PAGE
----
Patrick Shiroishi

I Was To Young To Hear Silence

American Dreams • 2023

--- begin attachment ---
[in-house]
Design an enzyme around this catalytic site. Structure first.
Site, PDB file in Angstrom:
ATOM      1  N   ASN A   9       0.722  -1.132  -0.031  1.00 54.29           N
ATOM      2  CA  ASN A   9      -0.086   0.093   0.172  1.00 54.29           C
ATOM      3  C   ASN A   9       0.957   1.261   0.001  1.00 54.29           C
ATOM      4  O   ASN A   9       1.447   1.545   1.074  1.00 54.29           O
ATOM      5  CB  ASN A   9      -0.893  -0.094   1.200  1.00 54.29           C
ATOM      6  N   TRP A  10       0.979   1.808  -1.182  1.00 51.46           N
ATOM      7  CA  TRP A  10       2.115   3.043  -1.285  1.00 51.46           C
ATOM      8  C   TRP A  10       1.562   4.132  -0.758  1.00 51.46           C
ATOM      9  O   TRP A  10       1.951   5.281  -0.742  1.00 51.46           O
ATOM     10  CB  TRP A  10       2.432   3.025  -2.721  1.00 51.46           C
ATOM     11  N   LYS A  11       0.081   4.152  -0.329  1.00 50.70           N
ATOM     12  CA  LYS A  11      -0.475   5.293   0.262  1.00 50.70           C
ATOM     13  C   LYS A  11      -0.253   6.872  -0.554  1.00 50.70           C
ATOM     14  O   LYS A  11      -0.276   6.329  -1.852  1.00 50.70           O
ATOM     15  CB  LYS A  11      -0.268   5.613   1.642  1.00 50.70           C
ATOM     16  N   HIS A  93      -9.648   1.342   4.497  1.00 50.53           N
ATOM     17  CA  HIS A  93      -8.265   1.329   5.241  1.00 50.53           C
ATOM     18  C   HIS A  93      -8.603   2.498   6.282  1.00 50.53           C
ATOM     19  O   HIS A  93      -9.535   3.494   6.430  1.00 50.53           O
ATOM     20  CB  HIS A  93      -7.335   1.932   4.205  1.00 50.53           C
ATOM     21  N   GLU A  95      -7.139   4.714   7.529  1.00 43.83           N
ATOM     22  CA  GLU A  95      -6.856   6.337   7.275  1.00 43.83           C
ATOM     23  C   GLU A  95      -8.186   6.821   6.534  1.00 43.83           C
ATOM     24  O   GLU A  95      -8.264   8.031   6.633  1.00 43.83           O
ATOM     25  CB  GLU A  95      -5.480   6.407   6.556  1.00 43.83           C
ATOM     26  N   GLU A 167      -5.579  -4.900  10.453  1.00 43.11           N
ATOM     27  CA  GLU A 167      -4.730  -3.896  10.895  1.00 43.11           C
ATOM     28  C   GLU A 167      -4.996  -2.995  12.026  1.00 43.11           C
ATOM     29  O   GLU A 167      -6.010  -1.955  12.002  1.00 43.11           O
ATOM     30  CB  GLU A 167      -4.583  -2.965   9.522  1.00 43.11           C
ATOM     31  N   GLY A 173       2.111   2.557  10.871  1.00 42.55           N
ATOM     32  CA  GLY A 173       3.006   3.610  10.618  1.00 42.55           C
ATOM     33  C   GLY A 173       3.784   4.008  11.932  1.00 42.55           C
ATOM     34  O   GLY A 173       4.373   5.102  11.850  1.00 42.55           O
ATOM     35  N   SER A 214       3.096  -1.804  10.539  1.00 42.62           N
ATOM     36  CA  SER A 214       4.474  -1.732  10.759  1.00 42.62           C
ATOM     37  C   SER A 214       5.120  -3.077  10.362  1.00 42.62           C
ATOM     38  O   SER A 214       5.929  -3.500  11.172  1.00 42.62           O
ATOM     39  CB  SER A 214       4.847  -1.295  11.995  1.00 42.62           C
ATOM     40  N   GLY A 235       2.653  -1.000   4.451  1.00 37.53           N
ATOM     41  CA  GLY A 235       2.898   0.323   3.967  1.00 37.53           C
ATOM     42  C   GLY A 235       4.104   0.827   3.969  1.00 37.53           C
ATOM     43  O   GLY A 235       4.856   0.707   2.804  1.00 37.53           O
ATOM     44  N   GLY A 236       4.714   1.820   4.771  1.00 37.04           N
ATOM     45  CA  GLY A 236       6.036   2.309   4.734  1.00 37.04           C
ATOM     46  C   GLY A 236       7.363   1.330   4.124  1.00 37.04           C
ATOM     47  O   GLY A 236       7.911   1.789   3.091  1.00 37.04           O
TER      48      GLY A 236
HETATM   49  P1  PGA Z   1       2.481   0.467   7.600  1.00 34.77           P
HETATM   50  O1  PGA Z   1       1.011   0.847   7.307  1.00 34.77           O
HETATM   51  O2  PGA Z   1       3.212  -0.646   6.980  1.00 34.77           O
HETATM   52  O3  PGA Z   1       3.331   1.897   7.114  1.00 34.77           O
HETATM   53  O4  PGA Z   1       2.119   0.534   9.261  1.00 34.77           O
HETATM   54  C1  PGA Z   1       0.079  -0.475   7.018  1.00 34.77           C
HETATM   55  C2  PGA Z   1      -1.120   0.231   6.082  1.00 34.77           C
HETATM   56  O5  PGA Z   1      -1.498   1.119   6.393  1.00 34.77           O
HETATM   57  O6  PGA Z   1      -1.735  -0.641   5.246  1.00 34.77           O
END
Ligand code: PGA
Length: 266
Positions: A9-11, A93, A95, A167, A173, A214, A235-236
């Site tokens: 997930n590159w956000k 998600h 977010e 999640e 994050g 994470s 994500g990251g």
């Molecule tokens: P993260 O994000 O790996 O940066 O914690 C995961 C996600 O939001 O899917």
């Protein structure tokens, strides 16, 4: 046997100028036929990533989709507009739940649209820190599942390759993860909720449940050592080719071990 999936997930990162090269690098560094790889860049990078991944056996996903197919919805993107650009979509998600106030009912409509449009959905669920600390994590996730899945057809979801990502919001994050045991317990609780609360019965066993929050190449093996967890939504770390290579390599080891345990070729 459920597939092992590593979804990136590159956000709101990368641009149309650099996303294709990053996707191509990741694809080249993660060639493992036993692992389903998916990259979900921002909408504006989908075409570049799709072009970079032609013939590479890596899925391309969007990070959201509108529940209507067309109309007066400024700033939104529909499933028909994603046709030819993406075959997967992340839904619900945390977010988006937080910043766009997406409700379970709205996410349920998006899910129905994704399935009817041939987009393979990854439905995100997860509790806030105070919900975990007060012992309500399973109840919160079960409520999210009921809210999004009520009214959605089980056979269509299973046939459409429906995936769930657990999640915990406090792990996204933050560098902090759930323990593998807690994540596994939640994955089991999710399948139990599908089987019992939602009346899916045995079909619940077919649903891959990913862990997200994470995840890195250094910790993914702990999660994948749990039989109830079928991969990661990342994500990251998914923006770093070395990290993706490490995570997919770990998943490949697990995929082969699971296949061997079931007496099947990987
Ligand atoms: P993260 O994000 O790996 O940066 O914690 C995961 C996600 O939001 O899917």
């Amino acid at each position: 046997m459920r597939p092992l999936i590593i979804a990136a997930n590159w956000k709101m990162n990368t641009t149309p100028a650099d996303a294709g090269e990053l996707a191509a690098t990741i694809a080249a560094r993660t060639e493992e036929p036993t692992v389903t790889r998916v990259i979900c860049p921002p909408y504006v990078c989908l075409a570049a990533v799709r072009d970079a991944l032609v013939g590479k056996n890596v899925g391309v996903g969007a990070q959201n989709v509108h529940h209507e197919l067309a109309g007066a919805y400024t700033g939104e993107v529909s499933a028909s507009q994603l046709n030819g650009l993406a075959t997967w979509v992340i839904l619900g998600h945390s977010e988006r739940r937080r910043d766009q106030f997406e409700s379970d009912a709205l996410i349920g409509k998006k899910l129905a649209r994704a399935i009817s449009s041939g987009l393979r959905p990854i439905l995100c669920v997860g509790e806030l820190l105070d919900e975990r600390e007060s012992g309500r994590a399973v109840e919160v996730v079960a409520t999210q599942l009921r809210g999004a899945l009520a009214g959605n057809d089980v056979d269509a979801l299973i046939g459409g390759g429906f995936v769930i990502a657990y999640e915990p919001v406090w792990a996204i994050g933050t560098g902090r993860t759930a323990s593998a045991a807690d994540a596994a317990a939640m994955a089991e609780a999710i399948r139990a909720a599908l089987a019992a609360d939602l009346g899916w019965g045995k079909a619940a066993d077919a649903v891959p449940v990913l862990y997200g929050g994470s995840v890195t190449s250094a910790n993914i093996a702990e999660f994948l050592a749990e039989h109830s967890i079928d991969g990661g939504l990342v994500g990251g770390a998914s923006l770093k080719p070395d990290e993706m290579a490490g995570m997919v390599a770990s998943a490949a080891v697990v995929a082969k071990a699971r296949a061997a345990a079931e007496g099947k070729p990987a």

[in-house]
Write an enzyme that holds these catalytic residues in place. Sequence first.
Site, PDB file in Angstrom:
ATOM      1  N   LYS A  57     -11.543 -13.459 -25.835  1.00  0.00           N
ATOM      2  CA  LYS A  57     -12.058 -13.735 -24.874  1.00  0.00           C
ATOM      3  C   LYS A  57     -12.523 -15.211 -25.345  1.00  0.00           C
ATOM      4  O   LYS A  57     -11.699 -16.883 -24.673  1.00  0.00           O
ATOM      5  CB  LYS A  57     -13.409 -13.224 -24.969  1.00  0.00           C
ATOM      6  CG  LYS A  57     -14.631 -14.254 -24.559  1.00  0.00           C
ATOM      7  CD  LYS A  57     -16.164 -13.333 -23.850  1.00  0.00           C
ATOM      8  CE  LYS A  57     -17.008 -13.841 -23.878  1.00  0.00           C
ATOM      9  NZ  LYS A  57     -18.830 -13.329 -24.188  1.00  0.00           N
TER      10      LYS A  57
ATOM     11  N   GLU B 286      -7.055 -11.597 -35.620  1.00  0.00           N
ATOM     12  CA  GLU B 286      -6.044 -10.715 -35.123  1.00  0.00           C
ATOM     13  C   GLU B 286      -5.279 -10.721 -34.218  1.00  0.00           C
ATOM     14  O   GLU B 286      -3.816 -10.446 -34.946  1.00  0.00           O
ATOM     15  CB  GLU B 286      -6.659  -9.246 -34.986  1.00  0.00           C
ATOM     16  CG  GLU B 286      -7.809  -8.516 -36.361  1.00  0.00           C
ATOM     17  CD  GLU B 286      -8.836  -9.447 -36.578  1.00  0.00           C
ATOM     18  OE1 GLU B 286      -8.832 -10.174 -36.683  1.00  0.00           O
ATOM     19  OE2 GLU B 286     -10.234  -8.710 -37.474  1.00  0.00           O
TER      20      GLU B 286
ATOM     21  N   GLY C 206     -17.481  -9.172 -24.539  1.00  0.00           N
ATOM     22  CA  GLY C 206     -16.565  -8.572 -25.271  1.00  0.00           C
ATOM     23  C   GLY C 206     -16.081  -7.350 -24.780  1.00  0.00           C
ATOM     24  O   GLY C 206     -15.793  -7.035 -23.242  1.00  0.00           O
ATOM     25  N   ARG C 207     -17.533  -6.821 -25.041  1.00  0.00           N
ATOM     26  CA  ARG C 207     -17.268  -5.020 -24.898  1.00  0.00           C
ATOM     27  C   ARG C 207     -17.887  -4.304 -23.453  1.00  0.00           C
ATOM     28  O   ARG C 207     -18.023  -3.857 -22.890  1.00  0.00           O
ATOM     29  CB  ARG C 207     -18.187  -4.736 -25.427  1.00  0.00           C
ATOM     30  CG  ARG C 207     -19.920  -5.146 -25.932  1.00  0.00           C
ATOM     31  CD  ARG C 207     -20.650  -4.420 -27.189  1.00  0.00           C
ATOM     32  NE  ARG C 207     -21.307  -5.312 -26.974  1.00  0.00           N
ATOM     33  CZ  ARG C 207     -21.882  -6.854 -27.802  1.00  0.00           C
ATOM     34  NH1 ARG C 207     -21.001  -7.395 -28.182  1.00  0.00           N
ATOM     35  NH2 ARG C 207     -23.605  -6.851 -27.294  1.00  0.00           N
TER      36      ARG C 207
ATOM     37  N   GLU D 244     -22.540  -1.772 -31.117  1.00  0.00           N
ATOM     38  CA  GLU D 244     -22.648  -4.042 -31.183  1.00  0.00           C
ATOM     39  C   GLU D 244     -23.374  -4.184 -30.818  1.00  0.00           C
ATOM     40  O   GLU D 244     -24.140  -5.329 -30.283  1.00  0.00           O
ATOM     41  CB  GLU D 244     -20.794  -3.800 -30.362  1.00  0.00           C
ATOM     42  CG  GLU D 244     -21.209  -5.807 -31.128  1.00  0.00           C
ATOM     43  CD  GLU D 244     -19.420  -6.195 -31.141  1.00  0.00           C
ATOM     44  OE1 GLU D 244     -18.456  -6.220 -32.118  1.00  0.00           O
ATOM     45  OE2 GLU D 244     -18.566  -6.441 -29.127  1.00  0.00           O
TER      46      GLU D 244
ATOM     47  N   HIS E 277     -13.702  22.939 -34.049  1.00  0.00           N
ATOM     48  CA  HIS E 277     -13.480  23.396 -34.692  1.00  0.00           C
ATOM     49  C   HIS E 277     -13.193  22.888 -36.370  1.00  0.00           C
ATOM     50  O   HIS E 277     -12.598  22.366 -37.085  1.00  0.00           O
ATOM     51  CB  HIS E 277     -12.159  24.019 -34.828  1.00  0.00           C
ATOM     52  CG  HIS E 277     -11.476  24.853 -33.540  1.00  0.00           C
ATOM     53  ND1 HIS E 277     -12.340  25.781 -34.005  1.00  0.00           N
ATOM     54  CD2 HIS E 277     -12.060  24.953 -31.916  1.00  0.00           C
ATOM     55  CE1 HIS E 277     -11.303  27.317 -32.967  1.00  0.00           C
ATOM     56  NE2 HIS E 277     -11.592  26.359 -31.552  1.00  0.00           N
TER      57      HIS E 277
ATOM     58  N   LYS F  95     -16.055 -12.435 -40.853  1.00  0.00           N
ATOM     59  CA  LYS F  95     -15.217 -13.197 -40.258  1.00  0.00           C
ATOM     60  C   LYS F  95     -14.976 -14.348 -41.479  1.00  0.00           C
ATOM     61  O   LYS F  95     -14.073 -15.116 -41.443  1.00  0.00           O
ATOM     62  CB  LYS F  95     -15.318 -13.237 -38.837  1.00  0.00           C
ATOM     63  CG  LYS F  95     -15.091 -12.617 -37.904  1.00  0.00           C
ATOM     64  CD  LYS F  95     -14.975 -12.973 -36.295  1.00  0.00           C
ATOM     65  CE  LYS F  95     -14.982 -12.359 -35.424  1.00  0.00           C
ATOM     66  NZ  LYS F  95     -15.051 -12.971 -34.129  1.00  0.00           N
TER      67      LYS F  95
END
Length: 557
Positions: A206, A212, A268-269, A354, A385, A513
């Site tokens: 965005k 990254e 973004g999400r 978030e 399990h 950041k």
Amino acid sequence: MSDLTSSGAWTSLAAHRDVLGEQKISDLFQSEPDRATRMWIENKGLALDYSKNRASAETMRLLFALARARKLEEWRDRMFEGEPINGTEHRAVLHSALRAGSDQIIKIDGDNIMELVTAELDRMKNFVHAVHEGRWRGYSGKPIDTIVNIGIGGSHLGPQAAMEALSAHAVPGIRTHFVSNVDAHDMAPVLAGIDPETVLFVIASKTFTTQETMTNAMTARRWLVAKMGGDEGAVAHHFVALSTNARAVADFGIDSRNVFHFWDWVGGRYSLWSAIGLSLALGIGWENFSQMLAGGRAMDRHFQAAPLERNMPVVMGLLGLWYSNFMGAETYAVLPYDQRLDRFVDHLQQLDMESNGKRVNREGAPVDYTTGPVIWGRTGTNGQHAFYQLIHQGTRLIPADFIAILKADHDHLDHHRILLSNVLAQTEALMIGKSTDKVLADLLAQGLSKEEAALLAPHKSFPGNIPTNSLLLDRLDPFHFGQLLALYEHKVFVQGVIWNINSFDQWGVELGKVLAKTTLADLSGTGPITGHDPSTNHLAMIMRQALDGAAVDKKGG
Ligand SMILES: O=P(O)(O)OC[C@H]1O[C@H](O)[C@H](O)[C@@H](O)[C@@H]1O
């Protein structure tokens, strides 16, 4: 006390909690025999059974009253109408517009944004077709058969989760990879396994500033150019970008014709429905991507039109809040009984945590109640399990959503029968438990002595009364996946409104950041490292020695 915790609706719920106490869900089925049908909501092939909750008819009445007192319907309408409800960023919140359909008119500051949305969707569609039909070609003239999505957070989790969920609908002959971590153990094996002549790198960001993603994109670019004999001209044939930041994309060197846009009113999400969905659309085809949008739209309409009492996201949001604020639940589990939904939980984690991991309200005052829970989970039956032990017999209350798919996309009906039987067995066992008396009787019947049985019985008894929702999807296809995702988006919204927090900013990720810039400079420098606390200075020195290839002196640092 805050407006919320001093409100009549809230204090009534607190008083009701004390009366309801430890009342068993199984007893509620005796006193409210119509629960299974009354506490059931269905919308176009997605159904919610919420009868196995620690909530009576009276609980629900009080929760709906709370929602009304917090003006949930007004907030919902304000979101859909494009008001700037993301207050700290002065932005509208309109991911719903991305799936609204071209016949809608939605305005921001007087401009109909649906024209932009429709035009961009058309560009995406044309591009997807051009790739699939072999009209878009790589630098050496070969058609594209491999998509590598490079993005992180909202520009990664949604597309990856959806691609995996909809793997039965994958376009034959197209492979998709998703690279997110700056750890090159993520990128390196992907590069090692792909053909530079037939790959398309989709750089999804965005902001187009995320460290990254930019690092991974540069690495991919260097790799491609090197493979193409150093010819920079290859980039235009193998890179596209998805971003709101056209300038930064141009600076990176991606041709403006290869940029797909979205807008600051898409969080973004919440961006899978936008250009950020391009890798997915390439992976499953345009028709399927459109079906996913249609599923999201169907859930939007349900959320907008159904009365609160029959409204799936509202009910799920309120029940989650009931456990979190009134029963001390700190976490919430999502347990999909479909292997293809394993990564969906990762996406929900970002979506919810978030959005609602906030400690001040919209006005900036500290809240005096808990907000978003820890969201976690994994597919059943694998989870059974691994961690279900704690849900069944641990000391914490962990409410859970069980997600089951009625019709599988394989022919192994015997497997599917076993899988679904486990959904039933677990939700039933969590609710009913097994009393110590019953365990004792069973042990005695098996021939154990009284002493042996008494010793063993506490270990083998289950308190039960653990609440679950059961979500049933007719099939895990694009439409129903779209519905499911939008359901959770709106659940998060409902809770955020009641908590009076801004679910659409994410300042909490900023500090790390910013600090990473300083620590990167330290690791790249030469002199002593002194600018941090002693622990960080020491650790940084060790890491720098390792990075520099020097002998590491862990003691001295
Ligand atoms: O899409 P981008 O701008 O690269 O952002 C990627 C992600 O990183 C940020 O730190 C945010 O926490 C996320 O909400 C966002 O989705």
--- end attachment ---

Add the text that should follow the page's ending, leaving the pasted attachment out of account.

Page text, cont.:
October 28, 2020, 01:30 am. Patrick Shiroishi is conducting an experiment in the carhouse of an empty restaurant in Monterey Park, California. Saxophone in one hand, glockenspiel in the other, he improvises. The sonic researcher records a single take. The result’s quality is everything but lab grade. There’s background noises. The recording device’s static is clearly audible. Shiroishi doesn’t mind, publishing his findings under the title »I was too young to hear silence«. Why? Wagging tongues might insinuate that the saxophonist’s career isn’t dependent on the success of a single study. Shiroishi is immensely prolific, participating in countless collaborations and a playing in the distinguished art-punk fraternity The Armed. In the ivy league, one can afford to publish miscues. Yet, »I was too young to hear silence« is everything but unucessfull. It’s a challenge of listening habits. There is no absolute silence, as Shiroishi’s well aware. Even in a soundproof chamber, we’d still hear our breath, fine movements, and the blood in our veins. Silence is a relation between noises, not the absence of sound. Shiroishi doesn’t attempt to manufacture zero decibel. Interference with his recordings is part of his record. Thus, if measured by Shiroishi’s own standards, this imperfect experiment can be considered fruitful. Further research is necessary, promotion encouraged.